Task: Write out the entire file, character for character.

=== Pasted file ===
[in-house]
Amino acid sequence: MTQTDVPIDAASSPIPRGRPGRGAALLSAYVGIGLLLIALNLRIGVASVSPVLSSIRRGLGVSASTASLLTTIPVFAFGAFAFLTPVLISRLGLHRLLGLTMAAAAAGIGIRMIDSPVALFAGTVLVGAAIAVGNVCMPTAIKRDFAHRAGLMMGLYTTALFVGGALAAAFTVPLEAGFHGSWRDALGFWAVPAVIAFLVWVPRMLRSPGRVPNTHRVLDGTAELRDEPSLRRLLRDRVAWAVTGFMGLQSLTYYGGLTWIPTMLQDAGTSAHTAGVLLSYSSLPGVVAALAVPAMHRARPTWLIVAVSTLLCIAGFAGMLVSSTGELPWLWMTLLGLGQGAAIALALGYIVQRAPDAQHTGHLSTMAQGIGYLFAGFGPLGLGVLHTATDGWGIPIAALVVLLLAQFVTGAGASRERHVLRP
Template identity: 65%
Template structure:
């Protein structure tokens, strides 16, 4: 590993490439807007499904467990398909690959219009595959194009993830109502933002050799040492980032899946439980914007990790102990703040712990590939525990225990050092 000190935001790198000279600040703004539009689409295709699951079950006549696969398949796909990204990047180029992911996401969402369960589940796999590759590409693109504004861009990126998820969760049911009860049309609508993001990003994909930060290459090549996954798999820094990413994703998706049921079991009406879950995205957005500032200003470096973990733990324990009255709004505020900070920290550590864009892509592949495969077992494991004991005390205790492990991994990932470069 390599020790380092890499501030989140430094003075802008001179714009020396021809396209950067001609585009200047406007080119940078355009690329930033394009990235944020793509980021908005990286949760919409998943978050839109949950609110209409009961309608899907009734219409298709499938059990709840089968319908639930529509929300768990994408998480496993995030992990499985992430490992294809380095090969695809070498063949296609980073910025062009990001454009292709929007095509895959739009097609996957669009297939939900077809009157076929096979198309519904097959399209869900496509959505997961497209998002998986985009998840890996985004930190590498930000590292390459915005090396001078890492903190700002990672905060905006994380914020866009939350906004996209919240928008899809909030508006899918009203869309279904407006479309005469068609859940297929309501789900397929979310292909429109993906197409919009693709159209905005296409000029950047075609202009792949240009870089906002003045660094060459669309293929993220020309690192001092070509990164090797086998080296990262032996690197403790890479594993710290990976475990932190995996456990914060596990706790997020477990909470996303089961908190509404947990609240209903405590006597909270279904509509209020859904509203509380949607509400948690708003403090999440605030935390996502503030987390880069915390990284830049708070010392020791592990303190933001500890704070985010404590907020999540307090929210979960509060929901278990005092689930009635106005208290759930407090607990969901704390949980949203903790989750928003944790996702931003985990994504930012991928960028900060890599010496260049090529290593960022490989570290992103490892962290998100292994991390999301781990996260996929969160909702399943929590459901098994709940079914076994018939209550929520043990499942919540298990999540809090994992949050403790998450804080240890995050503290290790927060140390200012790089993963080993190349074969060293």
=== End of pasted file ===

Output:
[in-house]
Amino acid sequence: MTQTDVPIDAASSPIPRGRPGRGAALLSAYVGIGLLLIALNLRIGVASVSPVLSSIRRGLGVSASTASLLTTIPVFAFGAFAFLTPVLISRLGLHRLLGLTMAAAAAGIGIRMIDSPVALFAGTVLVGAAIAVGNVCMPTAIKRDFAHRAGLMMGLYTTALFVGGALAAAFTVPLEAGFHGSWRDALGFWAVPAVIAFLVWVPRMLRSPGRVPNTHRVLDGTAELRDEPSLRRLLRDRVAWAVTGFMGLQSLTYYGGLTWIPTMLQDAGTSAHTAGVLLSYSSLPGVVAALAVPAMHRARPTWLIVAVSTLLCIAGFAGMLVSSTGELPWLWMTLLGLGQGAAIALALGYIVQRAPDAQHTGHLSTMAQGIGYLFAGFGPLGLGVLHTATDGWGIPIAALVVLLLAQFVTGAGASRERHVLRP
Template identity: 65%
Template structure:
């Protein structure tokens, strides 16, 4: 590993490439807007499904467990398909690959219009595959194009993830109502933002050799040492980032899946439980914007990790102990703040712990590939525990225990050092 000190935001790198000279600040703004539009689409295709699951079950006549696969398949796909990204990047180029992911996401969402369960589940796999590759590409693109504004861009990126998820969760049911009860049309609508993001990003994909930060290459090549996954798999820094990413994703998706049921079991009406879950995205957005500032200003470096973990733990324990009255709004505020900070920290550590864009892509592949495969077992494991004991005390205790492990991994990932470069 390599020790380092890499501030989140430094003075802008001179714009020396021809396209950067001609585009200047406007080119940078355009690329930033394009990235944020793509980021908005990286949760919409998943978050839109949950609110209409009961309608899907009734219409298709499938059990709840089968319908639930529509929300768990994408998480496993995030992990499985992430490992294809380095090969695809070498063949296609980073910025062009990001454009292709929007095509895959739009097609996957669009297939939900077809009157076929096979198309519904097959399209869900496509959505997961497209998002998986985009998840890996985004930190590498930000590292390459915005090396001078890492903190700002990672905060905006994380914020866009939350906004996209919240928008899809909030508006899918009203869309279904407006479309005469068609859940297929309501789900397929979310292909429109993906197409919009693709159209905005296409000029950047075609202009792949240009870089906002003045660094060459669309293929993220020309690192001092070509990164090797086998080296990262032996690197403790890479594993710290990976475990932190995996456990914060596990706790997020477990909470996303089961908190509404947990609240209903405590006597909270279904509509209020859904509203509380949607509400948690708003403090999440605030935390996502503030987390880069915390990284830049708070010392020791592990303190933001500890704070985010404590907020999540307090929210979960509060929901278990005092689930009635106005208290759930407090607990969901704390949980949203903790989750928003944790996702931003985990994504930012991928960028900060890599010496260049090529290593960022490989570290992103490892962290998100292994991390999301781990996260996929969160909702399943929590459901098994709940079914076994018939209550929520043990499942919540298990999540809090994992949050403790998450804080240890995050503290290790927060140390200012790089993963080993190349074969060293």